Elementary teacher named latest Milken educator

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Third-grade teacher Ryan Williams talks with First Lady Jane Beshear after he was announced as the newest recipient of the Milken Family Foundation National Educator Award at Mary Lee Cravens Elementary School (Owensboro Independent). Photo by Amy Wallot, Dec. 11, 2012
Third-grade teacher Ryan Williams talks with First Lady Jane Beshear after he was announced as the newest recipient of the Milken Family Foundation National Educator Award at Mary Lee Cravens Elementary School (Owensboro Independent).
Photo by Amy Wallot, Dec. 11, 2012

By Susan Riddell
susan.riddell@education.ky.gov

Growing up, Ryan Williams wanted one of three careers: teacher, NBA star or game show host.

“I really thought I’d be 6-foot-9 and 240 pounds,” Williams joked. “But it didn’t quite work out that way.”

Luckily, Williams has not only been an educator the past 14 years, but he has found a way to incorporate the two professions he never achieved into his classroom at Mary Lee Cravens Elementary School (Owensboro Independent).

“He’s definitely a risk taker,” said Cravens Elementary Principal James Lyddane said. “But the risks he takes are all about engaging the kids.”

Those risks have paid off, and Williams, who taught 1st grade for 11 years before switching to 3rd grade three years ago, was recently named Kentucky’s latest Milken Family Foundation Educator Award recipient.

“He’s a cornerstone to this school,” Lyddane said of Williams, who teaches mathematics. “He creates a strong culture at this school based on challenging lessons, problem-solving and true critical thinking.”

Williams agreed with Lyddane’s description of him as a teacher willing to take chances.

“I don’t like spoon-feeding the kids,” he said. “I try to get to know them and cater lessons to who students are and what they like.”

For Camron Ritter, that’s basketball.

“I like when Mr. Williams takes math and turns it into a game,” Ritter said. “He’s a fun teacher, and he cares about us, too.”

Williams will challenge students to mathematics competitions with the winners receiving a chance to shoot a foam basketball into a classroom net.

“If the kids like football, I make it a football game,” Williams said. “It’s about taking what they know and using real-life experiences to make it meaningful.”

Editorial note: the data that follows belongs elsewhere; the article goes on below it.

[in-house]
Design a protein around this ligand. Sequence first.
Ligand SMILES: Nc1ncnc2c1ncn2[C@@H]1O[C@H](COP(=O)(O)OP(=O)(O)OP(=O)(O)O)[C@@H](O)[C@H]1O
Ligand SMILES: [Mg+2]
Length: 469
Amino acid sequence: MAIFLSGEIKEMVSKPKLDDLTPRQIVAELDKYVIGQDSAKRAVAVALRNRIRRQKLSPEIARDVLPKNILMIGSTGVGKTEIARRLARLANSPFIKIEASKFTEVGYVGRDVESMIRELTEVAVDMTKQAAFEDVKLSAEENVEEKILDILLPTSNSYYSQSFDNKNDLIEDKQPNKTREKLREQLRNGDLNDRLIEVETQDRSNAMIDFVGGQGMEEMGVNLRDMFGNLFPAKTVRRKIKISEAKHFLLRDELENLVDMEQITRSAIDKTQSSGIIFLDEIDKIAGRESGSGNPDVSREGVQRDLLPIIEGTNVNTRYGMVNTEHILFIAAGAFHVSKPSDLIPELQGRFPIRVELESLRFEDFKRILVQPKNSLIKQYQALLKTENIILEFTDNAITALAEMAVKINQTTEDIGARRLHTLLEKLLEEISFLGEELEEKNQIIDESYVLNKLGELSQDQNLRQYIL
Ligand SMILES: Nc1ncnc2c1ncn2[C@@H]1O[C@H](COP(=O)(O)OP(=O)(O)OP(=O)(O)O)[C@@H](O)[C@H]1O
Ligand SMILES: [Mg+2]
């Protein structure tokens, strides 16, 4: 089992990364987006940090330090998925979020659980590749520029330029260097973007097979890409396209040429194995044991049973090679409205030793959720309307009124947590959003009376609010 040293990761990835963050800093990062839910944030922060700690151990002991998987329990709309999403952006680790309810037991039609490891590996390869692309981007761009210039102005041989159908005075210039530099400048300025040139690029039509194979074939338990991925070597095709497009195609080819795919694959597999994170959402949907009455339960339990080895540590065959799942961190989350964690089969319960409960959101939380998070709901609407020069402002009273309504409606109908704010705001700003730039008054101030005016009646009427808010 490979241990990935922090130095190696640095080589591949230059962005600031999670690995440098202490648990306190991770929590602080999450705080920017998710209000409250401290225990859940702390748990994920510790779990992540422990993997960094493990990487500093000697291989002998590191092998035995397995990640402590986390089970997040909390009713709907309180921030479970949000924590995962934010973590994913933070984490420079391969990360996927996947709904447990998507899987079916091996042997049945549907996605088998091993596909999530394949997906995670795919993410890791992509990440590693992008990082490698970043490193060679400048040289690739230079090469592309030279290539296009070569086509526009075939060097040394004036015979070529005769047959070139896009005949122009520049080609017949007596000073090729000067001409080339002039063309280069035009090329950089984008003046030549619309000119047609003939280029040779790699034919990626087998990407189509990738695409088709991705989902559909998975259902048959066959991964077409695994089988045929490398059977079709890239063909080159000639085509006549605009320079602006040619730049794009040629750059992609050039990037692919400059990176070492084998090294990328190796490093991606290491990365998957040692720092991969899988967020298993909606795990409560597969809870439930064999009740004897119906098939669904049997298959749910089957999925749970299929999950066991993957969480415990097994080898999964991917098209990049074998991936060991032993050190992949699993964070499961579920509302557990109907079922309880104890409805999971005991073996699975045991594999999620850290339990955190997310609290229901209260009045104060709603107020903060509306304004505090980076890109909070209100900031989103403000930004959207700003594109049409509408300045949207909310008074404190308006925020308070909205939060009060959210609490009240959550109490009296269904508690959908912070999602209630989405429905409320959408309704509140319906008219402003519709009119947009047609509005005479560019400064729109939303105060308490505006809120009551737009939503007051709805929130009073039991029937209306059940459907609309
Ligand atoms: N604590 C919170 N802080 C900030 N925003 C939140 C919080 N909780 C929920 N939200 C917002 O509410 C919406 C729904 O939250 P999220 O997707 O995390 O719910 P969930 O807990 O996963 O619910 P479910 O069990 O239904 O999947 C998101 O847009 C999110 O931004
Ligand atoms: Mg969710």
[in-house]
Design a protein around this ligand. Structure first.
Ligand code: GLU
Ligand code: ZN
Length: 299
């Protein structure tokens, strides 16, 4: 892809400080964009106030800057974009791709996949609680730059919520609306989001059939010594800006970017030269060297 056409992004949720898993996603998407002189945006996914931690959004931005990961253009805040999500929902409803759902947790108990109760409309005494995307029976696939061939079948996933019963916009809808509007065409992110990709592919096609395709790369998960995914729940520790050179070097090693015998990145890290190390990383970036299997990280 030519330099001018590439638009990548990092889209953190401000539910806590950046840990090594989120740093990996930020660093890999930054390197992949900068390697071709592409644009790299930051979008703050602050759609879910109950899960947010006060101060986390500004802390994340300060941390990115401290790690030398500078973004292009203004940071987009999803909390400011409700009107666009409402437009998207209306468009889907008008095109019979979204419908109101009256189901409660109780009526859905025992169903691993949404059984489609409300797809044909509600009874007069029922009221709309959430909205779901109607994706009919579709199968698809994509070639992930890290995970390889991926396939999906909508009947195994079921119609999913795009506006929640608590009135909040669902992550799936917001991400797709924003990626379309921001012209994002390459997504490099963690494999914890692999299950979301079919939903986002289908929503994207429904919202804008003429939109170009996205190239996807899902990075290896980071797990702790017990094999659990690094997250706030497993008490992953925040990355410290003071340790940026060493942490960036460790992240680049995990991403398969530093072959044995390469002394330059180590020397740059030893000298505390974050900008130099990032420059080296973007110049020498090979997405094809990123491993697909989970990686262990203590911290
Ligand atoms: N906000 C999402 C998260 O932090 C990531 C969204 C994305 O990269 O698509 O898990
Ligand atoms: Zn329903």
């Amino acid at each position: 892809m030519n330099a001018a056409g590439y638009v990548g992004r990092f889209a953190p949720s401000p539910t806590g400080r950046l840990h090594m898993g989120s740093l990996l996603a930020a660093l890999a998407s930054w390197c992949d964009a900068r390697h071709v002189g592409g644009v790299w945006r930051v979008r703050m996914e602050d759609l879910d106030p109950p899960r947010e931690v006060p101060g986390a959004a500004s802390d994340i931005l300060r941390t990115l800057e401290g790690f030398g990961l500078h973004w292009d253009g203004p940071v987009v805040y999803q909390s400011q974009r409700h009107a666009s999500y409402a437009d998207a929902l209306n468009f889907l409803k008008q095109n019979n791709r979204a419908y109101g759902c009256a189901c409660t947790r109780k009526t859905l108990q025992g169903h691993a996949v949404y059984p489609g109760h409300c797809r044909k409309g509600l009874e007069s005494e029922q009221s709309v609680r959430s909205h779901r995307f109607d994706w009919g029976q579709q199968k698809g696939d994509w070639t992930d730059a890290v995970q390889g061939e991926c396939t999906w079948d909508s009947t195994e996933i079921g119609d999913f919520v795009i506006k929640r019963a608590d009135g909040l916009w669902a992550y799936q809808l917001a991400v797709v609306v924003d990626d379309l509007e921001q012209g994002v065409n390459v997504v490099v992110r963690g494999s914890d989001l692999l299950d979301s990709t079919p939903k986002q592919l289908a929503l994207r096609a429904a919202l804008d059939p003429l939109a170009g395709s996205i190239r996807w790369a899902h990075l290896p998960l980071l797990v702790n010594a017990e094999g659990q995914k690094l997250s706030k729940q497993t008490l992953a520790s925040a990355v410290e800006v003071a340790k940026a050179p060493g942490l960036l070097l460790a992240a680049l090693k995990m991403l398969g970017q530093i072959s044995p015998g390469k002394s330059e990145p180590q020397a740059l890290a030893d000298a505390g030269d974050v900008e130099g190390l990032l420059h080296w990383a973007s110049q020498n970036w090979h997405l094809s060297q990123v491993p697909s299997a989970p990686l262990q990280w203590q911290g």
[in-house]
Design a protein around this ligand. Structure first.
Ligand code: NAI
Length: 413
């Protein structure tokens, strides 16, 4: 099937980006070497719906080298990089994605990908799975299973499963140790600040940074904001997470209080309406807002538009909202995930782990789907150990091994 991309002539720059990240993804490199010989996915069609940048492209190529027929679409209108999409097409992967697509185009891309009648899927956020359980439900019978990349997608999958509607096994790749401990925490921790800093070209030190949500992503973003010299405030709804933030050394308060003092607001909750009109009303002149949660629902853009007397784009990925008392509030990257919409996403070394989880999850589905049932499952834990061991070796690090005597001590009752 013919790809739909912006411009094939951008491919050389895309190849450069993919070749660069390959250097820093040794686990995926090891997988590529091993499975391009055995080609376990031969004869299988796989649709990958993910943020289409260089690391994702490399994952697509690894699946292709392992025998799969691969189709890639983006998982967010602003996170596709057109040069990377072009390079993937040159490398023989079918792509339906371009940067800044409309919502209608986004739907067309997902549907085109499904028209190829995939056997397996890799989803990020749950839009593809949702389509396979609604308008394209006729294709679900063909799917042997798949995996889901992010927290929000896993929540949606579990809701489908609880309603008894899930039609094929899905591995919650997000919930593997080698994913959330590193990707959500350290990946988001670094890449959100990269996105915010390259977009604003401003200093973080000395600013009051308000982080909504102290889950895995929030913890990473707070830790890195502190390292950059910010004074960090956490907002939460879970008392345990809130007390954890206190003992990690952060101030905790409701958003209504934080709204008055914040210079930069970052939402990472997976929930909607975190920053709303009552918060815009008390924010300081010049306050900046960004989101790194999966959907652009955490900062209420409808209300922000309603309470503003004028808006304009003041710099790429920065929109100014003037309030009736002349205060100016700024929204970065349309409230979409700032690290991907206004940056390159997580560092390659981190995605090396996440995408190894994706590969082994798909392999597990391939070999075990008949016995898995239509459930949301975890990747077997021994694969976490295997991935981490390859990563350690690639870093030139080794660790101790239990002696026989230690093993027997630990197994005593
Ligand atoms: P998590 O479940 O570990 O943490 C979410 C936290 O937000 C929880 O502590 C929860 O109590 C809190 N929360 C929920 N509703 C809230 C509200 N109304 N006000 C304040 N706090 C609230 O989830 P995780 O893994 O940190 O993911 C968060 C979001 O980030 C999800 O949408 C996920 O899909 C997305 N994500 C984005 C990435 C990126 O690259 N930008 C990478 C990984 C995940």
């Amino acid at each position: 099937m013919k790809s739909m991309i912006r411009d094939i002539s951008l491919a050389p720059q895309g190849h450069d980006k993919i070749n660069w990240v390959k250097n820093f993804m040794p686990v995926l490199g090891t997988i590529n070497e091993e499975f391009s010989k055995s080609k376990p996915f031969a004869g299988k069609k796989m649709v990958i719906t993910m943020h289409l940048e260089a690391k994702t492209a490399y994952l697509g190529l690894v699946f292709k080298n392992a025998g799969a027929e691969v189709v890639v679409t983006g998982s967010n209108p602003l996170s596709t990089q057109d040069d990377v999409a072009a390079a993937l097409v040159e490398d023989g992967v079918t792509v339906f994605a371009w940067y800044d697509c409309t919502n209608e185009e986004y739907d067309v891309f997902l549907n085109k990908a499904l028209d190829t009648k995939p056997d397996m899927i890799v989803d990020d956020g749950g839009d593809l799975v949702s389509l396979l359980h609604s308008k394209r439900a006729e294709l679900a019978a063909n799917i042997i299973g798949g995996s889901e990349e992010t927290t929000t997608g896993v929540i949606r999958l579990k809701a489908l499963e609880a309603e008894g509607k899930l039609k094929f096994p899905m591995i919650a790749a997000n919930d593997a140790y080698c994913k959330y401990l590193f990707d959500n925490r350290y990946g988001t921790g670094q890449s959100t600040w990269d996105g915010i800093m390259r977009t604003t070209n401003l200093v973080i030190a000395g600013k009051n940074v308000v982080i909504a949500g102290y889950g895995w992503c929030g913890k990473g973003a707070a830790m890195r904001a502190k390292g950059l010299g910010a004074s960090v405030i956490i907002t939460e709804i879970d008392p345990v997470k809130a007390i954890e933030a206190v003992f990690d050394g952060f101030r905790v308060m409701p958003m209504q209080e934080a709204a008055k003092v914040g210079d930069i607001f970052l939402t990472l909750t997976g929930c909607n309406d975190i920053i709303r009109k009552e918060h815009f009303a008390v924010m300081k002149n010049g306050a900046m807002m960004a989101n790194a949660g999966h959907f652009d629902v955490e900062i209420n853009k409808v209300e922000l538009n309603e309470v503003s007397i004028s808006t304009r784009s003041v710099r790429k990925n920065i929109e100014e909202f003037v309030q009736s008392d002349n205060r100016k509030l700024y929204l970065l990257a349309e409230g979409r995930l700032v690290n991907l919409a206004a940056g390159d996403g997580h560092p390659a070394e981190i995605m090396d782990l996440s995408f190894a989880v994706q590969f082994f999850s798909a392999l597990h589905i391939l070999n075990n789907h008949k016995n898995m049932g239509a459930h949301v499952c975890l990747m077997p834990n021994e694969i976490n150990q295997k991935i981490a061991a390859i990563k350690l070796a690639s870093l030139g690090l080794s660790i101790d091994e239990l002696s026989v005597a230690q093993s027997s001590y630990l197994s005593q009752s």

When Williams taught 1st grade, he routinely used a game show format to create learning opportunities. “I was the host, Mr. Proveit, and the students participated in a phonics game show,” he said.

Williams also had a WWE wrestling contest called “Tag Team Reading” involving a five-point scale. When students reached the fifth point, they got to wear a celebratory wrestling belt around the school.

He recently had a project-based mathematics lesson that involved his 3rd graders developing ticket sales for a Justin Bieber concert.

Embracing lessons rich in science, technology, engineering and mathematics (STEM) components is a key element in his teaching, and a recent lesson involving circuits was a big hit with students.

“Instead of just studying simple circuits, the students had to apply their knowledge and design working models (using household items),” he said.

Williams gave students everything they needed to make simple circuits, and students added household items to create popsicle cars with electric motors and bottle tops for the wheels.

They also created homemade flashlights with rulers, and electric fans out of rulers, popsicle sticks and straws.

Williams said it was an ideal lesson because he offered no directions, and students had to work in cooperative groups to design their creations.

“This is what learning should be like,” he said.

Owensboro Independent administrators, particularly Lyddane, are very supportive of the risks Williams takes in his classroom.

“It’s vital to have a principal who lets teachers take risks,” Williams added. “Mr. Lyddane sets that example for us.”

Williams, one of many educators in his family, also credited his fellow teachers at Cravens Elementary, saying that the collaboration they do vertically and across grade levels has really influenced his teaching practices, too.

When a district staff member at Estes Elementary faced a medical leave recently, district administrators called on Williams to step into that role, and he’s currently “on loan” at Estes Elementary School as a curriculum coordinator.

Eventually, he said, he’d like to pursue administration.

“I’m always trying to grow,” he said. “I haven’t arrived yet, but the sky’s the limit.”

MORE INFO …

Ryan Williams, ryan.williams@owensboro.kyschools.us, (270) 686-1030

 

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